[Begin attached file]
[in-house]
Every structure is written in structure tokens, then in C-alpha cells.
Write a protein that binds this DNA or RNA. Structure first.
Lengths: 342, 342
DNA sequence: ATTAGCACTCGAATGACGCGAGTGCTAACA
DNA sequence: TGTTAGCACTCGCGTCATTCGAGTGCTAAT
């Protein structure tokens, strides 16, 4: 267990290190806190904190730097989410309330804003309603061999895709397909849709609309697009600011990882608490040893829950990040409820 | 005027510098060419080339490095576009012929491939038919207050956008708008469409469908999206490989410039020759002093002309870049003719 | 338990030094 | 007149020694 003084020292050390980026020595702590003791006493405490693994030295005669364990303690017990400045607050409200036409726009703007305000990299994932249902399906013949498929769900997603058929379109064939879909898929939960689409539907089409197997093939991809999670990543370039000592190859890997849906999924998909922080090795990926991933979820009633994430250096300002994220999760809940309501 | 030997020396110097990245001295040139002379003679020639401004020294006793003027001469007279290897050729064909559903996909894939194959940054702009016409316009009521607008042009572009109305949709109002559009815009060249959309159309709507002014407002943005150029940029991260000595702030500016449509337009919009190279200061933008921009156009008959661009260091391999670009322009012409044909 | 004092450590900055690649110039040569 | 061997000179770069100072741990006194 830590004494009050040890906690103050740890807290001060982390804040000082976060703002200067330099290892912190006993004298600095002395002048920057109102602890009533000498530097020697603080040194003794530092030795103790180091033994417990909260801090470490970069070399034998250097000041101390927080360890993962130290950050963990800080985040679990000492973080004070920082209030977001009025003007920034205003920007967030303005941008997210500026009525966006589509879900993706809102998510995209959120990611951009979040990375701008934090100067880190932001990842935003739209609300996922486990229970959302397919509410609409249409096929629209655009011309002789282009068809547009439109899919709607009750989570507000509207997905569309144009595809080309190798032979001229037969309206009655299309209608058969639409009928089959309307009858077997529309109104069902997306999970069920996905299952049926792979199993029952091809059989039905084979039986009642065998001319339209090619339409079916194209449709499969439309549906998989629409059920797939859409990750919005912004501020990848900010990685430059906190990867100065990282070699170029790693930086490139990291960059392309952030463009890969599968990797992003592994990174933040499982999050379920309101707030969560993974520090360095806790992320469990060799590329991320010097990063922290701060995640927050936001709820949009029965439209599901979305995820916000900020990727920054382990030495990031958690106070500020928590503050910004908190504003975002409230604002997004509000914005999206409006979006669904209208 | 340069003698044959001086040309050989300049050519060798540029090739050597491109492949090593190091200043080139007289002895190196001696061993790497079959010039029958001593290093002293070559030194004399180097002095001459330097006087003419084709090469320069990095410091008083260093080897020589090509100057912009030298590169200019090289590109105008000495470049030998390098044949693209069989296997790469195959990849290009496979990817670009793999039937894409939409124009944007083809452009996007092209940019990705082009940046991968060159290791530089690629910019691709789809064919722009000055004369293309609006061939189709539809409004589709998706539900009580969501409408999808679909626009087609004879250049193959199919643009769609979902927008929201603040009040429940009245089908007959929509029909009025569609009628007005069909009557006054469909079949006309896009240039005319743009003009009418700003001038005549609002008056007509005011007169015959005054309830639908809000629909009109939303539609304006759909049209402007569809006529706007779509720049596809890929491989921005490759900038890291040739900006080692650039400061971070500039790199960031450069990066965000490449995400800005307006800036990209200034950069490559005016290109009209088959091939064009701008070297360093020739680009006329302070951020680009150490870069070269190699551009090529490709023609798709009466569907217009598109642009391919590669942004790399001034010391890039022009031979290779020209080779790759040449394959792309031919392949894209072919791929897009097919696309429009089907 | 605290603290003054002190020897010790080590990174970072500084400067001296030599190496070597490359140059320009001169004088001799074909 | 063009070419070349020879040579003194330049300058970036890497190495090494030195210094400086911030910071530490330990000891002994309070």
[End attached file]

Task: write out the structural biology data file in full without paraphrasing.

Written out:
[in-house]
Every structure is written in structure tokens, then in C-alpha cells.
Write a protein that binds this DNA or RNA. Structure first.
Lengths: 342, 342
DNA sequence: ATTAGCACTCGAATGACGCGAGTGCTAACA
DNA sequence: TGTTAGCACTCGCGTCATTCGAGTGCTAAT
């Protein structure tokens, strides 16, 4: 267990290190806190904190730097989410309330804003309603061999895709397909849709609309697009600011990882608490040893829950990040409820 | 005027510098060419080339490095576009012929491939038919207050956008708008469409469908999206490989410039020759002093002309870049003719 | 338990030094 | 007149020694 003084020292050390980026020595702590003791006493405490693994030295005669364990303690017990400045607050409200036409726009703007305000990299994932249902399906013949498929769900997603058929379109064939879909898929939960689409539907089409197997093939991809999670990543370039000592190859890997849906999924998909922080090795990926991933979820009633994430250096300002994220999760809940309501 | 030997020396110097990245001295040139002379003679020639401004020294006793003027001469007279290897050729064909559903996909894939194959940054702009016409316009009521607008042009572009109305949709109002559009815009060249959309159309709507002014407002943005150029940029991260000595702030500016449509337009919009190279200061933008921009156009008959661009260091391999670009322009012409044909 | 004092450590900055690649110039040569 | 061997000179770069100072741990006194 830590004494009050040890906690103050740890807290001060982390804040000082976060703002200067330099290892912190006993004298600095002395002048920057109102602890009533000498530097020697603080040194003794530092030795103790180091033994417990909260801090470490970069070399034998250097000041101390927080360890993962130290950050963990800080985040679990000492973080004070920082209030977001009025003007920034205003920007967030303005941008997210500026009525966006589509879900993706809102998510995209959120990611951009979040990375701008934090100067880190932001990842935003739209609300996922486990229970959302397919509410609409249409096929629209655009011309002789282009068809547009439109899919709607009750989570507000509207997905569309144009595809080309190798032979001229037969309206009655299309209608058969639409009928089959309307009858077997529309109104069902997306999970069920996905299952049926792979199993029952091809059989039905084979039986009642065998001319339209090619339409079916194209449709499969439309549906998989629409059920797939859409990750919005912004501020990848900010990685430059906190990867100065990282070699170029790693930086490139990291960059392309952030463009890969599968990797992003592994990174933040499982999050379920309101707030969560993974520090360095806790992320469990060799590329991320010097990063922290701060995640927050936001709820949009029965439209599901979305995820916000900020990727920054382990030495990031958690106070500020928590503050910004908190504003975002409230604002997004509000914005999206409006979006669904209208 | 340069003698044959001086040309050989300049050519060798540029090739050597491109492949090593190091200043080139007289002895190196001696061993790497079959010039029958001593290093002293070559030194004399180097002095001459330097006087003419084709090469320069990095410091008083260093080897020589090509100057912009030298590169200019090289590109105008000495470049030998390098044949693209069989296997790469195959990849290009496979990817670009793999039937894409939409124009944007083809452009996007092209940019990705082009940046991968060159290791530089690629910019691709789809064919722009000055004369293309609006061939189709539809409004589709998706539900009580969501409408999808679909626009087609004879250049193959199919643009769609979902927008929201603040009040429940009245089908007959929509029909009025569609009628007005069909009557006054469909079949006309896009240039005319743009003009009418700003001038005549609002008056007509005011007169015959005054309830639908809000629909009109939303539609304006759909049209402007569809006529706007779509720049596809890929491989921005490759900038890291040739900006080692650039400061971070500039790199960031450069990066965000490449995400800005307006800036990209200034950069490559005016290109009209088959091939064009701008070297360093020739680009006329302070951020680009150490870069070269190699551009090529490709023609798709009466569907217009598109642009391919590669942004790399001034010391890039022009031979290779020209080779790759040449394959792309031919392949894209072919791929897009097919696309429009089907 | 605290603290003054002190020897010790080590990174970072500084400067001296030599190496070597490359140059320009001169004088001799074909 | 063009070419070349020879040579003194330049300058970036890497190495090494030195210094400086911030910071530490330990000891002994309070």